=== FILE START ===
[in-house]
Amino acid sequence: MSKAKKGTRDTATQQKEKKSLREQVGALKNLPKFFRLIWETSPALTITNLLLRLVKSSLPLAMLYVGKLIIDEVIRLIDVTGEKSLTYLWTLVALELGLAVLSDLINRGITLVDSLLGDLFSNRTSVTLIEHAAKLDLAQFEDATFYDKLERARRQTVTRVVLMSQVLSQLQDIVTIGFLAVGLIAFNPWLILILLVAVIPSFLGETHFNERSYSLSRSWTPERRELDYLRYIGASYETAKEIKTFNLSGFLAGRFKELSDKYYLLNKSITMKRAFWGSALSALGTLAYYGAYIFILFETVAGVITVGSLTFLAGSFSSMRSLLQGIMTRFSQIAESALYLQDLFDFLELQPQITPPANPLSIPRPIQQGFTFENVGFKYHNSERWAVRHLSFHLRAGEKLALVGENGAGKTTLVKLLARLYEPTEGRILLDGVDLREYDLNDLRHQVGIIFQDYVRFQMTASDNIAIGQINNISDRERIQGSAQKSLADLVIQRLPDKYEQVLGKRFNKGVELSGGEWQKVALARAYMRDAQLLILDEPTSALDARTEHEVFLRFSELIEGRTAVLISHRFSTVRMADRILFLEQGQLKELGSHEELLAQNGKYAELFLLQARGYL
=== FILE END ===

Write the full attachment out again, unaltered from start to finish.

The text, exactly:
[in-house]
Amino acid sequence: MSKAKKGTRDTATQQKEKKSLREQVGALKNLPKFFRLIWETSPALTITNLLLRLVKSSLPLAMLYVGKLIIDEVIRLIDVTGEKSLTYLWTLVALELGLAVLSDLINRGITLVDSLLGDLFSNRTSVTLIEHAAKLDLAQFEDATFYDKLERARRQTVTRVVLMSQVLSQLQDIVTIGFLAVGLIAFNPWLILILLVAVIPSFLGETHFNERSYSLSRSWTPERRELDYLRYIGASYETAKEIKTFNLSGFLAGRFKELSDKYYLLNKSITMKRAFWGSALSALGTLAYYGAYIFILFETVAGVITVGSLTFLAGSFSSMRSLLQGIMTRFSQIAESALYLQDLFDFLELQPQITPPANPLSIPRPIQQGFTFENVGFKYHNSERWAVRHLSFHLRAGEKLALVGENGAGKTTLVKLLARLYEPTEGRILLDGVDLREYDLNDLRHQVGIIFQDYVRFQMTASDNIAIGQINNISDRERIQGSAQKSLADLVIQRLPDKYEQVLGKRFNKGVELSGGEWQKVALARAYMRDAQLLILDEPTSALDARTEHEVFLRFSELIEGRTAVLISHRFSTVRMADRILFLEQGQLKELGSHEELLAQNGKYAELFLLQARGYL